That’s some of what has been floating around in my brain today about the Olympics. Maybe more tomorrow.

In the meantime, here’s an Olympic quiz: Who was the last U.S. woman to finish first in the 100 meter freestyle in the Olympics and when was it done?

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Even warmer

Someone told me today that the water in Lady Bird Lake was 76 degrees yesterday. Wow! That’s warm for this time of year. It may be 80 by May 5. Leave your wetsuit at home. Better yet, throw it away.

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Saintly Bounty

Can someone please tell me why there are no criminal charges being filed regarding the New Orleans Saints bounty scandal? Isn’t it illegal to pay/get payed for hurting people? Except that it was much more widespread, how is this different than Nancy Kerrigan/Tanya Harding?

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Heating up

The Highland Lakes are warming up fast; too fast for me. While the LCRA reports that the water temperature was 72 degrees this morning at the surface of Lake Travis near Mansfield Dam, it’s much warmer at the upper end of Lake Travis. It looks as though it will be too hot for me to swim there soon.

With all the warm weather we’ve had and have been getting lately, I’m pretty sure we will hit our highest water temperature for The Money Box Cap 2k this year. I’m guessing it will be in the mid 70s. Too warm for me, but probably wonderful for most of the entrants.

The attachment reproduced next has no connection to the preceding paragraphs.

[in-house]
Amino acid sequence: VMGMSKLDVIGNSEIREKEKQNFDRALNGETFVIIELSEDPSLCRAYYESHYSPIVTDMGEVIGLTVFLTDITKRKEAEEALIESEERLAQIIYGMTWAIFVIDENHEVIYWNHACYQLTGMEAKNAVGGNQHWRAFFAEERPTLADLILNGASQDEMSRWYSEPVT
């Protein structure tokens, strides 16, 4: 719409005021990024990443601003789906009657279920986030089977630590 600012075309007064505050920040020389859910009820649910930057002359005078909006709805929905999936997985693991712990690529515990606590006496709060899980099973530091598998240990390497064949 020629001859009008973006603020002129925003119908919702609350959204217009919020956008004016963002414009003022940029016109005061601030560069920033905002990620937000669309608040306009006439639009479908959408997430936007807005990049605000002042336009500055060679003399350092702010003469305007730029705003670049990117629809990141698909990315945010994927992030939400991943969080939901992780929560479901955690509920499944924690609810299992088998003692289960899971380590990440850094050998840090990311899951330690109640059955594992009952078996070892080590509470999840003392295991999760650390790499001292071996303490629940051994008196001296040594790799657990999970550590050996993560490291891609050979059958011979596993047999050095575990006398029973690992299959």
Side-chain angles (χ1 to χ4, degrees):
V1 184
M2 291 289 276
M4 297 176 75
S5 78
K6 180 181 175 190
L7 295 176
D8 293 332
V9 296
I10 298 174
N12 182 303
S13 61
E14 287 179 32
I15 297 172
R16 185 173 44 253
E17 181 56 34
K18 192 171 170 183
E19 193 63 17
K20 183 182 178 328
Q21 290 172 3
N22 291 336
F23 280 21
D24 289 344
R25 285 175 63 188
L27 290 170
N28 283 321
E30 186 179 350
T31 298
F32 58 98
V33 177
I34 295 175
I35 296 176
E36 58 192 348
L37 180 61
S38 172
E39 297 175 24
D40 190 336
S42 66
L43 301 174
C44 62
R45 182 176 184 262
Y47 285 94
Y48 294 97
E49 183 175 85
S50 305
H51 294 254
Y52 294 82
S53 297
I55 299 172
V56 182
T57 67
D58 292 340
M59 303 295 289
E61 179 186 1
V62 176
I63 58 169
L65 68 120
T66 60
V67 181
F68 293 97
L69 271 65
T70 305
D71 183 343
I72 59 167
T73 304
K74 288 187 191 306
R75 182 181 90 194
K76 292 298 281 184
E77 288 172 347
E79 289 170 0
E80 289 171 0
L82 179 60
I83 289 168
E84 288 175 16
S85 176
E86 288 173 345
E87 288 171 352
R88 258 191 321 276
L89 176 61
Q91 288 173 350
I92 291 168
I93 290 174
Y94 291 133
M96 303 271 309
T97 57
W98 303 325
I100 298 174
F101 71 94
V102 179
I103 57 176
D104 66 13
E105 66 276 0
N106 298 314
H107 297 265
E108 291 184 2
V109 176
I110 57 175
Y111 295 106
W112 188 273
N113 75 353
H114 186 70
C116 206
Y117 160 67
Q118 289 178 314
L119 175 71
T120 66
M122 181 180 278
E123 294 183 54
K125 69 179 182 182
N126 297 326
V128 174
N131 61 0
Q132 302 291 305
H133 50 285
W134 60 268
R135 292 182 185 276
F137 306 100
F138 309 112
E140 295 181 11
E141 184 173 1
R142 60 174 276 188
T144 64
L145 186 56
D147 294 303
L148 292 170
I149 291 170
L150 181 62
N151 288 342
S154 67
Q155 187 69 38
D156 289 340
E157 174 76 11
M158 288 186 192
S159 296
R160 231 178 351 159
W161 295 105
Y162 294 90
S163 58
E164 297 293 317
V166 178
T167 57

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Proclamation

Unless you follow some local public access channels, you may not have noticed, but Austin’s Mayor, Lee Leffingwell proclaimed May 5 to be The Money Box Cap 2k Open Water Race and Pledge Swim day in Austin. This action was supported by Councilwoman Laura Morrison, for which we are truly grateful, and, since Laura was not feeling well on Thursday, was read by Councilwoman Kathie Tovo. Among other things, the proclamation requests that anyone out on the hike and bike trail on May 5 wear blue to support our fight against prostate cancer. Please do. Better yet, please swim and swim for pledges.

As a bonus for Sandy and I, the first proclamation that day was to honor Bobbie Whitlock, who wrote, and much to my delight, played Thorn Tree in the Garden for everyone there, one of my favorites from the Layla album by Derek and the Dominoes. We are trying to get Bobby Whitlock to play at The Money Box Cap 2k. Stay tuned.

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Who says Division 3 Can’t Compete?

Kenyon’s Zach Turk went 19.38 to break his own NCAA Div. III national record in last week’s National Championships. His time would have placed 3rd in the Division I Nationals.

Kenyon was without Turk, their best swimmer, who was studying abroad last year when they had their streak of 31 consecutive national championships broken by Denison by 1 pt.